Here are some of the super, soar-away, sexy details about the DSA’s plans, taken this morning from its website:

“All customers will receive information on important road safety messages via LCD screens fitted in the waiting areas.”

Hurray, just what we always wanted. Here we are wetting ourselves in case we run over the white lines or an old lady, and the DSA wants us to watch grisly road safety films first. The website also says:

“Discussions are taking place around using the new centres to engage the local community in ‘safe driving for life’ initiatives.”

Oh yeah? I have not heard of any such discussions. That sounds like politically correct garbage. I have yet to meet a driving test candidate who ever went back to the driving test centre, except to take the test again. The website continues:

“It is intended that most car test customers will not have to travel more than our current travel distance criteria”.

That is bad grammar. It is also total bunk, because of the appalling state of the roads.

“Most motorcycle test customers should be able to reach their nearest test centre within 45 minutes, travelling no more than 20 miles”.

That is completely irrelevant, as I have said.

According to the website, there will be

“Off-road parking for customers”.

That is not actually a problem in Minehead. We have quite a lot of parking. There will also be posh new loos and showers for the staff. As any Blackpool landlady would say—the Minister and I have suffered it—“Shower, lad? You should have had a shower before you came.” We have all been there. The next one takes the biscuit:

“New furniture and fittings will enhance the customer experience”.

What are they talking about? When I took my driving test, I was far too worried about mucking up the three-point turn to notice the colour-co-ordinated fabric on the chairs in the waiting room, although it is a while ago now. Given the nervous state of most driving test candidates, cheap wipe-down surfaces might make more sense—stand by with the Dettol.

Unfortunately, the situation is serious. It has been 10 ridiculous years in the making, involving an ever-changing list of excuses for closing a perfectly good and popular local test centre. I ask the House to think back to 1998, when the famous song “Things Can Only Get Better” was still ringing in our ears. I am sure that we all remember it, although perhaps not in Crewe and Nantwich. The sight of Peter Mandelson humming along still gives us all the shivers, I suspect, but never mind. In 1998, Cherie Blair had not yet been on an overnight trip to Balmoral, and the Minister had no wrinkles at all, and perhaps even no grey hairs. With your permission, Mr. Benton, I quote the Driving Standards Agency’s excuse of the year 1998 for wanting to shut the Minehead test centre:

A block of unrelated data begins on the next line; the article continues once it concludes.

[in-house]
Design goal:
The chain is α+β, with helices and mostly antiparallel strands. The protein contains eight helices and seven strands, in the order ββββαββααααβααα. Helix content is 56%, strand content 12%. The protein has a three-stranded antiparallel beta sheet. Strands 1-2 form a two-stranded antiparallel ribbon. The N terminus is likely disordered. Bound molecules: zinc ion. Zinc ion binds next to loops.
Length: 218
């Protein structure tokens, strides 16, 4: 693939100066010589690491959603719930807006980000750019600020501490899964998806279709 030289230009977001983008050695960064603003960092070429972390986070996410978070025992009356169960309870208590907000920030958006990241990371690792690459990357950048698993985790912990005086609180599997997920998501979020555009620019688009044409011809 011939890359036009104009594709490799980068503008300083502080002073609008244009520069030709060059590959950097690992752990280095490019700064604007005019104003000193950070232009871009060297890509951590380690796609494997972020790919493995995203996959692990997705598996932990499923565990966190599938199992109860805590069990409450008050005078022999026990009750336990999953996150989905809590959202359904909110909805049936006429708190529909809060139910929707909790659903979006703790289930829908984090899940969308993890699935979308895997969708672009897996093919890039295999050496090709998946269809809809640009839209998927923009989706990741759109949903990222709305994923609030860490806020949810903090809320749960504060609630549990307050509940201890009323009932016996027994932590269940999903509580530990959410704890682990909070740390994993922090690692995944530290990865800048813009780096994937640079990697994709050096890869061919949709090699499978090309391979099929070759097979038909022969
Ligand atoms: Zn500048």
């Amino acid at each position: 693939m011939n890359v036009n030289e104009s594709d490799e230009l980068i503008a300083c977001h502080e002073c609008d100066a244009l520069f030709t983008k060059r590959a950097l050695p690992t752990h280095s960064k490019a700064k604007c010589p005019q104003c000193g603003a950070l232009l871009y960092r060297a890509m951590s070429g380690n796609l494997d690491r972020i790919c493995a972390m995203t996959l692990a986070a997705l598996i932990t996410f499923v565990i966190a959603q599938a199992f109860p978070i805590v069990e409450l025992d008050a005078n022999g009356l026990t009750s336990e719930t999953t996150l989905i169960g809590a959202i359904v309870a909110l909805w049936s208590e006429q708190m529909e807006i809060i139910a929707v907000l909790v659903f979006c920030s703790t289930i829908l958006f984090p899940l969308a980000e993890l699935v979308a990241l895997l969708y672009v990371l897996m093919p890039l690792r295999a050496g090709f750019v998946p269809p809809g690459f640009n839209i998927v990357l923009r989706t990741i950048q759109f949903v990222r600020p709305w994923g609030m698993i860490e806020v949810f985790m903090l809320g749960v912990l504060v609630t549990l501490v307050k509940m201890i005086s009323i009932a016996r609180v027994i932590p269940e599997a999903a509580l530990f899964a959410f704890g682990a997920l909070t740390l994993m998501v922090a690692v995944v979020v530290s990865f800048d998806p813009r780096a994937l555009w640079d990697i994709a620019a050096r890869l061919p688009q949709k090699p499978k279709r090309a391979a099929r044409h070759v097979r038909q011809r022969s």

“Test routes are not considered representative of modern day driving conditions because they lack dual carriageways and roads with speed limits above 50 mph”.

Ten years later, we still have no dual carriageways, and 50 mph is the average speed between Minehead and Taunton and Bridgwater. That is what the signs say.

We also have incredibly dangerous roads. If we seriously intend to teach people to drive safely on such roads, surely the best and only way is to teach and test in the area itself, but the DSA wants to shut the Minehead centre and move everything to Taunton, to one of the flash new centres with road safety films and cloth seats. How are poor young drivers going to get to the test centre? Down the killer roads, of course, but when they take off for the test centre, they will not have a driving instructor next to them with dual controls in case something goes wrong. If the DSA gets its way, test candidates will be accidents waiting to happen on their way along some of Britain’s most dangerous roads. I am not talking through my hat—that is what the police and the most experienced driving instructors say.

I am afraid that one size does not fit all if one lives in west Somerset, and I would suggest that one size should not be made to fit all when flesh and blood are at stake. The DSA is putting itself at risk of causing people serious harm, or perhaps worse. We need to keep our test centre because—I am going to be crude—we need to keep death off our roads. Driving is not a luxury in my neck of the woods, but an expensive day-to-day necessity. The roads are in a poor state of repair, but it requires infinite patience to take a bus, because the county council has cut bus subsidies as well as being incredibly mean with fresh tarmac. If the test centre is shifted to the county town, the driving instructors will have to go too, and so will their customers. They will have to go to Taunton to take meaningful lessons, but it costs a lot of money to get to Taunton—more money. I am genuinely concerned about the possibility of some young people simply shrugging their shoulders and breaking the law instead. The whole country has a problem with unlicensed driving—that is not news. However, by moving the centre to Taunton we might be encouraging even more lawlessness, which nobody wants.